Three qualified candidates are running for Seat B on the Boca Raton City Council. But let’s talk first about the person who has the seat now.
That would be Mike Mullaugh, who’s term-limited. Of all five council members, Mullaugh often says the most while speaking the least. He displays even temperament, good sense and perspective. We see the most potential for such a council member in Andy Thomson.
On his Sun Sentinel questionnaire, Thomson noted the strident criticism of the council regarding development and the Wildflower property. “Too often,” Thomson wrote, “some people lose sight of how good we really have it in Boca Raton … Many cities in South Florida are struggling with how to reduce their crime rate or address the sober home epidemic. In Boca Raton, however, our most intense debate centered on whether to have a park or a high-end restaurant on a prime piece of waterfront real estate.”
Thomson, a lawyer, is running against Emily Gentile and Andrea O’Rourke. They agree on many issues. The proposed 2,500 residential units for the Midtown area are too many. The $24 million offer from Lennar for the Ocean Breeze golf course is too high. The council should conduct public evaluations of City Manager Leif Ahnell and City Attorney Diana Grub Frieser every year. Downtown needs better amenities and a shuttle service.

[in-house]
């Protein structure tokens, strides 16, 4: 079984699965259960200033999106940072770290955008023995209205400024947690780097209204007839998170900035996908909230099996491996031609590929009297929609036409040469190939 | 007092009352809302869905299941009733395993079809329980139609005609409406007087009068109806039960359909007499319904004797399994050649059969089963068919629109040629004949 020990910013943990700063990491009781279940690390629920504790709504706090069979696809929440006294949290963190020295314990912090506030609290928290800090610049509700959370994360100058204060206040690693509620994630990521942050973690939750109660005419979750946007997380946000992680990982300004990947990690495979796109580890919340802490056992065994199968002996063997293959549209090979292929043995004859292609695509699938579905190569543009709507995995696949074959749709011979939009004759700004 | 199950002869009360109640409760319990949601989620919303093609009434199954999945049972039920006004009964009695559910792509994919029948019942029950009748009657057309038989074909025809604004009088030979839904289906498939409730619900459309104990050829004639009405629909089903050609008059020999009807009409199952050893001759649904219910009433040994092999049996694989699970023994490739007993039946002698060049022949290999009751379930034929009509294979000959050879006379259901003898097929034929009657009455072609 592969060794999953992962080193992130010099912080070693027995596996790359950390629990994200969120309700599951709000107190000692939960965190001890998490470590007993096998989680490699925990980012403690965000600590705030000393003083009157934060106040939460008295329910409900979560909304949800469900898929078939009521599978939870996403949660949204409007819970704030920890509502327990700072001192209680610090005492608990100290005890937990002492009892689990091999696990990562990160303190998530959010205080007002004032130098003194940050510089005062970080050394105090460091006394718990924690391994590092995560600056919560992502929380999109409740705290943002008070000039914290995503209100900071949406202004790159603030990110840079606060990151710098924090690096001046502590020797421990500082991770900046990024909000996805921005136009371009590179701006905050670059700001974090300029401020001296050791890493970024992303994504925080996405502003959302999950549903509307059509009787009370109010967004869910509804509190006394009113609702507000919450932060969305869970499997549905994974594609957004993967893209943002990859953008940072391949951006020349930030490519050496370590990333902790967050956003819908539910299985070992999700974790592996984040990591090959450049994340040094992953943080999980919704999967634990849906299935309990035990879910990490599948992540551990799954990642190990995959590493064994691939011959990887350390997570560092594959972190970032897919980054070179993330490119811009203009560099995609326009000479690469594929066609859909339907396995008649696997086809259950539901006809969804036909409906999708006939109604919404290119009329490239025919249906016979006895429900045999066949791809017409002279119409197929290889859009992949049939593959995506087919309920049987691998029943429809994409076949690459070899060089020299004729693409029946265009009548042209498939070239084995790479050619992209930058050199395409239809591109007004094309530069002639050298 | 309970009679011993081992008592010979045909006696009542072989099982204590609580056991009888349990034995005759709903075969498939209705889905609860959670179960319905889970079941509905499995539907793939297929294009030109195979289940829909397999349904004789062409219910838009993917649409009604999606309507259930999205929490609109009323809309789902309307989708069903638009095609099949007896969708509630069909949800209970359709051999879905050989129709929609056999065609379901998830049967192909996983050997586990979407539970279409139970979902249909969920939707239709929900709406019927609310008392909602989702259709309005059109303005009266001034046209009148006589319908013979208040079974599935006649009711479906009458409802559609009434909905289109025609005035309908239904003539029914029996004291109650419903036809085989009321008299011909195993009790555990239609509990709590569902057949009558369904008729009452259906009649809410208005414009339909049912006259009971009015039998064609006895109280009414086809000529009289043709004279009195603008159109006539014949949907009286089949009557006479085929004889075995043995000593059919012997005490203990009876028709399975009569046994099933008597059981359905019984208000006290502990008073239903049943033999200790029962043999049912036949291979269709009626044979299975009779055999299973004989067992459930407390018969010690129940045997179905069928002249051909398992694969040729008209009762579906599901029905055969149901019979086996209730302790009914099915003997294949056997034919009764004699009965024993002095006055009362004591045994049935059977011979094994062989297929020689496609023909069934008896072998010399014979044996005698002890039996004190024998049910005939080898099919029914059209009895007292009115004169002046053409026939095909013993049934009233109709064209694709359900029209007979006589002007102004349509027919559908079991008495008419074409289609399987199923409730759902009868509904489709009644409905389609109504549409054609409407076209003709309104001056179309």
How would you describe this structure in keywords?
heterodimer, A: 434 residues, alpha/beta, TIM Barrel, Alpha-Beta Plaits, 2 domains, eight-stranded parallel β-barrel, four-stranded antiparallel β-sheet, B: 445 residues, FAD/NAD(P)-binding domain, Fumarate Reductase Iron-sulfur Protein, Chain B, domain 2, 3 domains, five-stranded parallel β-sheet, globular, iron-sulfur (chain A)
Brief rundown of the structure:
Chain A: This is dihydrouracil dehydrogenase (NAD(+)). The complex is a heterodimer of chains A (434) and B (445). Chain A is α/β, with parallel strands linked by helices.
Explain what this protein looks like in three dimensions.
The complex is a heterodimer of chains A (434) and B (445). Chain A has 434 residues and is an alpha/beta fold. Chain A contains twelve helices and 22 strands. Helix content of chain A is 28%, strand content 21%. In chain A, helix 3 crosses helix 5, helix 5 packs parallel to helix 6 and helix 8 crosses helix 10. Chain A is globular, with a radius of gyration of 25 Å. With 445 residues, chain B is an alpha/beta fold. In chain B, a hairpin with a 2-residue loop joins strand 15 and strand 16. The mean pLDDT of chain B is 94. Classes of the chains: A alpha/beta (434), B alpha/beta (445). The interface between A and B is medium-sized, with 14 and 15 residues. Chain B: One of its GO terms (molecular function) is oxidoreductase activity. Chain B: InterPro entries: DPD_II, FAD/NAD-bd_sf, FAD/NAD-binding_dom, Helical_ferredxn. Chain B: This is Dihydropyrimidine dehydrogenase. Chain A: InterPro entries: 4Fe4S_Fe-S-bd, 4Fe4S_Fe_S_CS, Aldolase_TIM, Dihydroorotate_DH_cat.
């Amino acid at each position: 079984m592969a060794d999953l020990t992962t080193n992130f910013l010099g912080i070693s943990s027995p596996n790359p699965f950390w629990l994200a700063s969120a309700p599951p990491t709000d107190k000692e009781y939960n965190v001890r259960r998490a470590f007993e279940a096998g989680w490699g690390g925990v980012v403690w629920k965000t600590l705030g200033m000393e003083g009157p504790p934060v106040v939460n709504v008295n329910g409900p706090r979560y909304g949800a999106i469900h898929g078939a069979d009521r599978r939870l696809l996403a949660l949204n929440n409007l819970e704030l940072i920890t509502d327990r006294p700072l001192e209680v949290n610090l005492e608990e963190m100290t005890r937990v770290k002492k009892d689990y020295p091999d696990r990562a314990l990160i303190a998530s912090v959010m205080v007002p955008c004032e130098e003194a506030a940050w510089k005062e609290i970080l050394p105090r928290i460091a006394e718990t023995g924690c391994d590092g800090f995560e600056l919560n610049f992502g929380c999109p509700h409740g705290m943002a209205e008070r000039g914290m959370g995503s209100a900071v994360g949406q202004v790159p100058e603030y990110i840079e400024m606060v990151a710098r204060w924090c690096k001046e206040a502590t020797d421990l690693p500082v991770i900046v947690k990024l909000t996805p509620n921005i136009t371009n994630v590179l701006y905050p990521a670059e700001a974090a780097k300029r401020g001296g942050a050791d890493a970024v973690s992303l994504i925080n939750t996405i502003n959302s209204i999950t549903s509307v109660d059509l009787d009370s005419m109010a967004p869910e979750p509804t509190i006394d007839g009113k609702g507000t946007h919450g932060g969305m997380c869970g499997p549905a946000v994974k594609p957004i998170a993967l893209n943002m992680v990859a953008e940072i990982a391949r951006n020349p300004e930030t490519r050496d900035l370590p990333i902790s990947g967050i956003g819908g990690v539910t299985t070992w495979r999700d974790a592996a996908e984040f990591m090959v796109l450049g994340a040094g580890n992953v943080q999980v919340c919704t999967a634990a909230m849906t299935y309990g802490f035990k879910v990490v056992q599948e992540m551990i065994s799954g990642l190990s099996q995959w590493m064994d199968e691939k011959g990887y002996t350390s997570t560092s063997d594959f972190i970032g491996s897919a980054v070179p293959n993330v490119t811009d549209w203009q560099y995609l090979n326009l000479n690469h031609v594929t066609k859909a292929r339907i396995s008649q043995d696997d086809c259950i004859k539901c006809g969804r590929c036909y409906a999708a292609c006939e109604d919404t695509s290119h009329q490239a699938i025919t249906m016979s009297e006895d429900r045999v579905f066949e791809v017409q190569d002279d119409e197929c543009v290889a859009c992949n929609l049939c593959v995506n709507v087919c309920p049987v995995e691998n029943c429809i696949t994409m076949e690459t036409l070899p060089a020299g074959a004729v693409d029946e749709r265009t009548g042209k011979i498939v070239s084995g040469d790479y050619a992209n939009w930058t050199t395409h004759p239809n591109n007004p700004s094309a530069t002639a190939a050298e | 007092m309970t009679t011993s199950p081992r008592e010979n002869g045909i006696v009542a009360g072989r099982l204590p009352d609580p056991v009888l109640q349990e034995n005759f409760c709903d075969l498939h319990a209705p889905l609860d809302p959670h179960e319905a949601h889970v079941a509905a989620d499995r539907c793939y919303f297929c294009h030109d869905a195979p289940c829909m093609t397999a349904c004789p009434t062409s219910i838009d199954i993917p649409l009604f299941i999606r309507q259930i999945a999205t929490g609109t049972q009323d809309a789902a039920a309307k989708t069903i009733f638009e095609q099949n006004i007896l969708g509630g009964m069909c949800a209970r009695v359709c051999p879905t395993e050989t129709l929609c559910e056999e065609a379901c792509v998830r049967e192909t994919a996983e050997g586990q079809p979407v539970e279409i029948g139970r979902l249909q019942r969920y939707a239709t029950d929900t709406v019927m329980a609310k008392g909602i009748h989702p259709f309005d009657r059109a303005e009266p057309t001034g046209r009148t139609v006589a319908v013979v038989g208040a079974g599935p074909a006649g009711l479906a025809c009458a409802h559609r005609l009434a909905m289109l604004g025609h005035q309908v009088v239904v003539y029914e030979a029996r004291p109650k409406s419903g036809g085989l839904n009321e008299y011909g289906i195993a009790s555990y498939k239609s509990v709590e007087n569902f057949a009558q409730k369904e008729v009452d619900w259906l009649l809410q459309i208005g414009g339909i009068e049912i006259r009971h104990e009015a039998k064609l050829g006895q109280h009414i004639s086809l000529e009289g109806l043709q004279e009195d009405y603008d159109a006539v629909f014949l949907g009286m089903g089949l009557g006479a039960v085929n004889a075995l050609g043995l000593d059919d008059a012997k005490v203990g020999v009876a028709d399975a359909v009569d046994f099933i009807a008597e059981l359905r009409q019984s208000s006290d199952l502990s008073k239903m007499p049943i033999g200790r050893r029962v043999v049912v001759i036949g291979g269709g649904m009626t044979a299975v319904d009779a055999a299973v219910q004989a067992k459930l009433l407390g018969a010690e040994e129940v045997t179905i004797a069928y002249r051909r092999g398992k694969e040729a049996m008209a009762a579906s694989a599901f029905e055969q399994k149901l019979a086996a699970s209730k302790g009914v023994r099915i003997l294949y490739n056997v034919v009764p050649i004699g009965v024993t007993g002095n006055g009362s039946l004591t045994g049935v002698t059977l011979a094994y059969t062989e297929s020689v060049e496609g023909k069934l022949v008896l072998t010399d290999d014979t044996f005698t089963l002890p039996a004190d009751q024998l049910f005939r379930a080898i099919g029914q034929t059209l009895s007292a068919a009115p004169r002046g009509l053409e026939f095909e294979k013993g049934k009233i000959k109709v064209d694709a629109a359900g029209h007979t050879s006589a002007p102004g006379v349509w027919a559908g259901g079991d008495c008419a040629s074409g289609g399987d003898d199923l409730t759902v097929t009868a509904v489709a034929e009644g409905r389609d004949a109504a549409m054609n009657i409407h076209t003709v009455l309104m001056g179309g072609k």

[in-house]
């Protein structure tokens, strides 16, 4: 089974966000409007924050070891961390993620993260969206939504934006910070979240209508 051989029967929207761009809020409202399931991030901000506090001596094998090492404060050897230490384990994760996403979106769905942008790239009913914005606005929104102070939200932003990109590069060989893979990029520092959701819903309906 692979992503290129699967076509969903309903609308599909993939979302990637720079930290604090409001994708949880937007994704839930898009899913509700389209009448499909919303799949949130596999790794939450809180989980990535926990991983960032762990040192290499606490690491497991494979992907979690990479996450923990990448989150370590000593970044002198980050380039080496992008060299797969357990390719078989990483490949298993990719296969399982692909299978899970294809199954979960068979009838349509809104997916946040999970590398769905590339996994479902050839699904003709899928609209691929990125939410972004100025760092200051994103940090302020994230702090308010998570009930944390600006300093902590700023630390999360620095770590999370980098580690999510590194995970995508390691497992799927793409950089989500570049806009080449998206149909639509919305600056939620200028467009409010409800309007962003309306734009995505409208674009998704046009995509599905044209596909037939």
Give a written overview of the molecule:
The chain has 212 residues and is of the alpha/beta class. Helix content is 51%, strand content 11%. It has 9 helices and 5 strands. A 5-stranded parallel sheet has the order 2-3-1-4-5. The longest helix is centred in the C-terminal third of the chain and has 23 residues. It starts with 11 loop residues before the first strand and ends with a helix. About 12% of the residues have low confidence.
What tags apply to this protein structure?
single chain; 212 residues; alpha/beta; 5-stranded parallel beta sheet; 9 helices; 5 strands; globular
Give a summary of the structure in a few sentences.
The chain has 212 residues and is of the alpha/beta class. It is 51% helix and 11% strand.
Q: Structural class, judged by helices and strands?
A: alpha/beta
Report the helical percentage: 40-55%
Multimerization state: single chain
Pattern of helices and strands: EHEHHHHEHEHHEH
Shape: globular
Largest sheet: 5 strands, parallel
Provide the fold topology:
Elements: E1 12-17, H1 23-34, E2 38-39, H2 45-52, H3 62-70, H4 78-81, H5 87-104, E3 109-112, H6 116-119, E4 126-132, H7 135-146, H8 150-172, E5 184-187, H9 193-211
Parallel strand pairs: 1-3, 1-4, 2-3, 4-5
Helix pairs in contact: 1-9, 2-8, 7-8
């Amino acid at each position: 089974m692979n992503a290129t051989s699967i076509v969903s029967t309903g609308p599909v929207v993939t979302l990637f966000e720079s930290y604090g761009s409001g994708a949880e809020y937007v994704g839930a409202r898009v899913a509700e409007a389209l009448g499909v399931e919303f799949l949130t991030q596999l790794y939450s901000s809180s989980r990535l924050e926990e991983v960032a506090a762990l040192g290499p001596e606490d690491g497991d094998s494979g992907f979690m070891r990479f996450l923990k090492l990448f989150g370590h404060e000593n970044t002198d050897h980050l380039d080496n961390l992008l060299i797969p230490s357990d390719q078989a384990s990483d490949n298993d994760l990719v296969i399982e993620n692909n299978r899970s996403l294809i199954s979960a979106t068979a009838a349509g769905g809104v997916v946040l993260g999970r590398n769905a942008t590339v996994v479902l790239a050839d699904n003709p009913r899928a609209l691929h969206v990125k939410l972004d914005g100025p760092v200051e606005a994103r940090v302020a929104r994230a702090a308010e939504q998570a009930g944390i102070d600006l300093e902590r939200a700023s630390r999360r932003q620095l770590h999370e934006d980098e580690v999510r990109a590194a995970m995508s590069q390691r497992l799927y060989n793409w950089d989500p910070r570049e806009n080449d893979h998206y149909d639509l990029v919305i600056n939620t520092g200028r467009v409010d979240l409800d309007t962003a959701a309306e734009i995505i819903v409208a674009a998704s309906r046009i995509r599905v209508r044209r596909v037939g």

That waterfront ordinance, however, separates the candidates. Gentile and Thomson favored the restaurant, which could have brought the city tens of millions in lease payments over 45 years and which the ordinance will prevent. O’Rourke said the ordinance would “protect Boca’s waterfront parks,” even though no park was proposed for the property. Even now, O’Rourke refers to “Wildflower Park.” In fact, the council has not decided on a use for the property.